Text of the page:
NOTE: Only the peers should be listed above and not the local host.

    6. Peer Listener Class: The peer listener class specified here is responsible for listening for messages from peers in the group.

    7. Properties Separator: Specify the token that will be used as the separator for the list of properties in the next field.

    8. Properties: The properties entered here configure the way the listener behaves. Valid properties are as follows:

    hostname (optional) This is the hostname of the machine on which the listener is listening. Note that, by default, this is set to "localhost", which maps to the local loopback address of 127.0.0.1, which is not addressable from another machine on the network. If you intend this cache to be used over the network, you should change this address to the IP address of the network interface on which the listener is listening. port (mandatory) Specify the port on which the listener is listening, which by default is 40001. This setting is mandatory. socketTimeoutMillis (optional) Enter the number of seconds that client sockets will wait when sending messages to this listener until they give up. The default setting is 2000ms.

    9. Notify replicators on removal of items during refresh:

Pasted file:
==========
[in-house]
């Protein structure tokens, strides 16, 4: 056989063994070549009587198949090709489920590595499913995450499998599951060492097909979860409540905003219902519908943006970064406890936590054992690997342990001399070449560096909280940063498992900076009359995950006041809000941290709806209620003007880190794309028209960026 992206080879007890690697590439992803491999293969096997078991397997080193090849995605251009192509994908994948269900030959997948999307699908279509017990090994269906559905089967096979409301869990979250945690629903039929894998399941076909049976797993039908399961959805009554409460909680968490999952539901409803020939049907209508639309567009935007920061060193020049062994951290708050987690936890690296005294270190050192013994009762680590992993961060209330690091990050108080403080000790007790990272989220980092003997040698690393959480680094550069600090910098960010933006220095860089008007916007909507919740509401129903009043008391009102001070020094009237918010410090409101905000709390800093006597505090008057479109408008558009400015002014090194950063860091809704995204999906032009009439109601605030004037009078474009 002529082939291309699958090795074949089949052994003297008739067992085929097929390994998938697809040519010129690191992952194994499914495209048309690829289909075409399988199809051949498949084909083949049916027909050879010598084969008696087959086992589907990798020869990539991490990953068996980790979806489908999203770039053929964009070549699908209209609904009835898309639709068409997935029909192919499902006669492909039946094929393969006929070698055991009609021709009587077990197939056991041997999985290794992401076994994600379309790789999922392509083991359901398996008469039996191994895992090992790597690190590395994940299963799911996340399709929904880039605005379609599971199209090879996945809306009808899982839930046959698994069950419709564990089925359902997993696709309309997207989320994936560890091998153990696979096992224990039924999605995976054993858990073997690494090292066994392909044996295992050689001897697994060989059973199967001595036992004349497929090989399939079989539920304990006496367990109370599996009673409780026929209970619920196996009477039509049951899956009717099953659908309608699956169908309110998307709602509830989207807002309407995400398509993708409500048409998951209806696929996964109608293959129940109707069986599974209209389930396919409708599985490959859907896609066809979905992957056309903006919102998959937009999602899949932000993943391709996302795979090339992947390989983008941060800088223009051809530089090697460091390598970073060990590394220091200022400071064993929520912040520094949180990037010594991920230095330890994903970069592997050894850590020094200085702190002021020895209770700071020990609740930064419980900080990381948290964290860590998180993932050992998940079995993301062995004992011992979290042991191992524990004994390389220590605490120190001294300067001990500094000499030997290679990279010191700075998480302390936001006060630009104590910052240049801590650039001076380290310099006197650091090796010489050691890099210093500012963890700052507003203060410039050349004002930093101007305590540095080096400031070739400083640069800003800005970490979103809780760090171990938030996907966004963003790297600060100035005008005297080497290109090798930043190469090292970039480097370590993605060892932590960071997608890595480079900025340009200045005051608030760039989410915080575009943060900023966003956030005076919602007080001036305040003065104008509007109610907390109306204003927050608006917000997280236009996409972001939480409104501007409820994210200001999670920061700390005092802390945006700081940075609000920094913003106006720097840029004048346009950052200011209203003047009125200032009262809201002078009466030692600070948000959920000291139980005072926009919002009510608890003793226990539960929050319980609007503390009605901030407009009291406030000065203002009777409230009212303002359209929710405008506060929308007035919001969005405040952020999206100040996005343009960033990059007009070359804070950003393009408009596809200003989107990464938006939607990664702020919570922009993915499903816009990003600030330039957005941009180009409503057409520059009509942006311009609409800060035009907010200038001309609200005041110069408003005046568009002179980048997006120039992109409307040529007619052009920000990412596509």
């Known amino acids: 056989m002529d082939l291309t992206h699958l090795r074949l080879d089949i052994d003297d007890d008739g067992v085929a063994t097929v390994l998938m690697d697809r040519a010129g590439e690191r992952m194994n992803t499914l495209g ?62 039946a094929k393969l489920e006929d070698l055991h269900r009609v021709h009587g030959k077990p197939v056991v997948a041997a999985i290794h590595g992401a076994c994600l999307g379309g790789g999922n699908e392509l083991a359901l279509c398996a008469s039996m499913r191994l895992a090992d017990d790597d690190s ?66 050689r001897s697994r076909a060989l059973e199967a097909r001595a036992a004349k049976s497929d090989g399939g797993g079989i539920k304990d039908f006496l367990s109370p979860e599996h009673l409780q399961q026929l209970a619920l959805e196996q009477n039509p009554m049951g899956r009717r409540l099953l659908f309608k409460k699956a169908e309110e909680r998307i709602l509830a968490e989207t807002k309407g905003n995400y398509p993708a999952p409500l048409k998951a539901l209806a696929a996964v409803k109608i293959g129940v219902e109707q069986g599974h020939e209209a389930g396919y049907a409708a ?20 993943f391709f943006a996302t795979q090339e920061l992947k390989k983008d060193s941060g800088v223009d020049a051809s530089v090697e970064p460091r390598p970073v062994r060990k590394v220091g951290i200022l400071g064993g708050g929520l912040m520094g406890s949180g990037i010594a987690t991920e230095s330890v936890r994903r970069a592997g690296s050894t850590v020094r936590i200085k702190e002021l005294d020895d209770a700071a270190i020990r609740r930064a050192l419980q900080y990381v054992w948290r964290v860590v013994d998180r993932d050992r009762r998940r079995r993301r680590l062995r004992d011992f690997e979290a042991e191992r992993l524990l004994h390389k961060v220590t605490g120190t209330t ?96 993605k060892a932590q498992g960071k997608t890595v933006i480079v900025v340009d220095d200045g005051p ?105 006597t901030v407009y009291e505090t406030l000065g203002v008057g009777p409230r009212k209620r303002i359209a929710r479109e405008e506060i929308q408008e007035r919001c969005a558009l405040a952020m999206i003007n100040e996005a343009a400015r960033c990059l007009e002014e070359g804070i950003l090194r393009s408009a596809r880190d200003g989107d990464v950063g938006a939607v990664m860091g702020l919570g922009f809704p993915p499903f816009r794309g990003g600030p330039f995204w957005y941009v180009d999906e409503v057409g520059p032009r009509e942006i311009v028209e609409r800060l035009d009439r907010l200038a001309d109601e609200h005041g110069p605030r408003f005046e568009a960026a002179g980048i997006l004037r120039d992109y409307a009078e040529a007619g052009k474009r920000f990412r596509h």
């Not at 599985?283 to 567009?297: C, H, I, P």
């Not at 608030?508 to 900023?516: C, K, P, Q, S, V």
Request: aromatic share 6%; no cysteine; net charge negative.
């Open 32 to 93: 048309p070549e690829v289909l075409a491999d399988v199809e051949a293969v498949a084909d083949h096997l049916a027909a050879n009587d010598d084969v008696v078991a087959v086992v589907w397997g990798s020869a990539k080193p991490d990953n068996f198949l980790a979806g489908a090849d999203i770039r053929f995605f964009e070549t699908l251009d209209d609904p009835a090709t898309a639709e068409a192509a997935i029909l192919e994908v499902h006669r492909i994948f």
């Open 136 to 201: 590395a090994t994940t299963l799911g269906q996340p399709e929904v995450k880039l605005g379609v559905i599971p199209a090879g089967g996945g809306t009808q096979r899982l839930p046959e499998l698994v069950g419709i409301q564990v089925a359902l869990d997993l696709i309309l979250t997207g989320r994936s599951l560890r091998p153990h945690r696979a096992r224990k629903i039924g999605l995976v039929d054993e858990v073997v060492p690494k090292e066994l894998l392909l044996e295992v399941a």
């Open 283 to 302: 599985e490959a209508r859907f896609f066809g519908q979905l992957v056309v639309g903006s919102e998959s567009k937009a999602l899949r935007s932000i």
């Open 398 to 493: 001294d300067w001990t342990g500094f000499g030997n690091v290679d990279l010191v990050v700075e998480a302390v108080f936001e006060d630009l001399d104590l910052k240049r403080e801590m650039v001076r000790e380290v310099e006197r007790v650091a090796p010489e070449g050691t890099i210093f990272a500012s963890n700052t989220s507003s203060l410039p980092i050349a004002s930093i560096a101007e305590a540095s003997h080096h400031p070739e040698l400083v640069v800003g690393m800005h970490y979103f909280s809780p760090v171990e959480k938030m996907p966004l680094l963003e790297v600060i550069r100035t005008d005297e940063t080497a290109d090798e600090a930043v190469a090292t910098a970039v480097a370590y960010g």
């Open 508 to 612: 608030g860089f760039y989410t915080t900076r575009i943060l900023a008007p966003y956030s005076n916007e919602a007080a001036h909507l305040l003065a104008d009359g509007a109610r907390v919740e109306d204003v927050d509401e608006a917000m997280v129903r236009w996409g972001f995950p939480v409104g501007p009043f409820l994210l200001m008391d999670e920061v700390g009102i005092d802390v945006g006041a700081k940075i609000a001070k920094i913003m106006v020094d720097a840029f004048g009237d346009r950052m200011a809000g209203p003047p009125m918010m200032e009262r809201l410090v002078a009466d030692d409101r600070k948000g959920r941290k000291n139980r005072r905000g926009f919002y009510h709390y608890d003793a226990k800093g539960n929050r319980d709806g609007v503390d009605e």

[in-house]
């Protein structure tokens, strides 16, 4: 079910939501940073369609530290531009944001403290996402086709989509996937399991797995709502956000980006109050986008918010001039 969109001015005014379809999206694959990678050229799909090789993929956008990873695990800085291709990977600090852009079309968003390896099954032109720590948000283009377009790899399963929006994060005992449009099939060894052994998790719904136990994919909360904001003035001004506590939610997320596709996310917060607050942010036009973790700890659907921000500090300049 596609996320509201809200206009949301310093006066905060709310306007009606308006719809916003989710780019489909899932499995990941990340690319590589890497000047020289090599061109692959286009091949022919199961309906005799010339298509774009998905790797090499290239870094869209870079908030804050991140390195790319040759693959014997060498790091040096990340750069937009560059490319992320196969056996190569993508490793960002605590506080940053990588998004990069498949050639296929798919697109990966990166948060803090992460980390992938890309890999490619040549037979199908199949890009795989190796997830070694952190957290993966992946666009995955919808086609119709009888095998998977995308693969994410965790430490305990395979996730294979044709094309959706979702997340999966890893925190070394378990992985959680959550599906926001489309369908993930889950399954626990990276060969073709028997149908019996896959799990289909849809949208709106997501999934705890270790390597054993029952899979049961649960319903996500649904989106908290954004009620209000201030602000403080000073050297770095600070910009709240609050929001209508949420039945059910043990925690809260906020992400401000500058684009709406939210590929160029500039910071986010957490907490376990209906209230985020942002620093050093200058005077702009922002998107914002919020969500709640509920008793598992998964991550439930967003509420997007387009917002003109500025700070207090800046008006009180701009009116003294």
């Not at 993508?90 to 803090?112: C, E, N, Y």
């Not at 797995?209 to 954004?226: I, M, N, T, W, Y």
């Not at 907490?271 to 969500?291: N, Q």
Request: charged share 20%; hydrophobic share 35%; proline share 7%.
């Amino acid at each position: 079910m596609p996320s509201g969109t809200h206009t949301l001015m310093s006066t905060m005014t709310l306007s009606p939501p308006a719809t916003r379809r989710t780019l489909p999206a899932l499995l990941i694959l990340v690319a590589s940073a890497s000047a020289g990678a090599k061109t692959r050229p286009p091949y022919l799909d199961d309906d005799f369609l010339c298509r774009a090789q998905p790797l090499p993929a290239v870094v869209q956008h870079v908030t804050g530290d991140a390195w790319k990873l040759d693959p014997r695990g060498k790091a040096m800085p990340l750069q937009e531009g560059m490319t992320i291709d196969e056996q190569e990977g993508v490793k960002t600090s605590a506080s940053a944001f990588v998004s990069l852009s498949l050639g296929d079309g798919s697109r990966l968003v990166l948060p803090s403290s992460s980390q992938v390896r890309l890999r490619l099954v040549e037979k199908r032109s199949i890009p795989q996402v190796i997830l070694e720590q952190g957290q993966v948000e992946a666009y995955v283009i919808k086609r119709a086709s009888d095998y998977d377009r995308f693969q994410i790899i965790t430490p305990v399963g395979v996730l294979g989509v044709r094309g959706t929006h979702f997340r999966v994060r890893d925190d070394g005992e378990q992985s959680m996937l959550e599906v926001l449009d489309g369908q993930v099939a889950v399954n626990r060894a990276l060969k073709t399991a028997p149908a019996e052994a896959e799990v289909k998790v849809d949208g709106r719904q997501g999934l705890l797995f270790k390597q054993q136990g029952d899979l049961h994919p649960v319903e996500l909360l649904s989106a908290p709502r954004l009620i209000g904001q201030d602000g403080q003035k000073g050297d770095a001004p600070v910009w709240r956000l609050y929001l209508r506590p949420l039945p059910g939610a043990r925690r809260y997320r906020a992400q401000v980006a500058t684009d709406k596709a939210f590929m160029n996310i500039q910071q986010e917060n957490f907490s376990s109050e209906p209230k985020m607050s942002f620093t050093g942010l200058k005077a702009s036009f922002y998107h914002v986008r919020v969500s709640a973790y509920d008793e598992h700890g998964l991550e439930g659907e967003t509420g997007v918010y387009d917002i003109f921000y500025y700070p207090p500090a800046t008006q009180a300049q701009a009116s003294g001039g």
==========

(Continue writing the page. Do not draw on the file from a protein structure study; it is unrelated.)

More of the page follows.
A server refresh will automatically purge all items from the cache. If this checkbox is enabled, the contents of each peer in the group will also be purged. This avoids a situation where a single peer is refreshed (and, therefore, has its contents purged) but the other peers in the group are not purged. If this option is not checked, the refreshed peer will attempt to bootstrap itself to the other peers in the group resulting in the cache items becoming replicated in the refreshed cache.

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    Creating a Distributed Cache

    1. Click on Add located in the lower right hand corner of Policy Studio 2. Select Add Distributed Cache 3. Configure the following fields: 4. Cache Name: When configuring a distributed cache across multiple Gateways

    the Cache Name has to be the same. For this guide ResponseCache is used. 5. Maximum Element in Memory: Default setting is 1000. Denotes the maximum

    number of objects that can be in memory at any one time. 6. Maximum Elements on Disk: Default is 1000. This field sets the maximum

    number of objects that can be stored in the disk store at any one time. A value of zero indicates an unlimited number of objects.

    7. Eternal: Default is checked. If this option is checked, objects stored in the caches will never expire and timeouts will have no effect.

    8. Overflow to Disk: Default is checked. Check this option if you want the cache to overflow to disk when the number of objects in memory has reached the amount set in the Maximum Elements in Memory field above.

    9. The rest of the configuration options are optional: 10. Time to Idl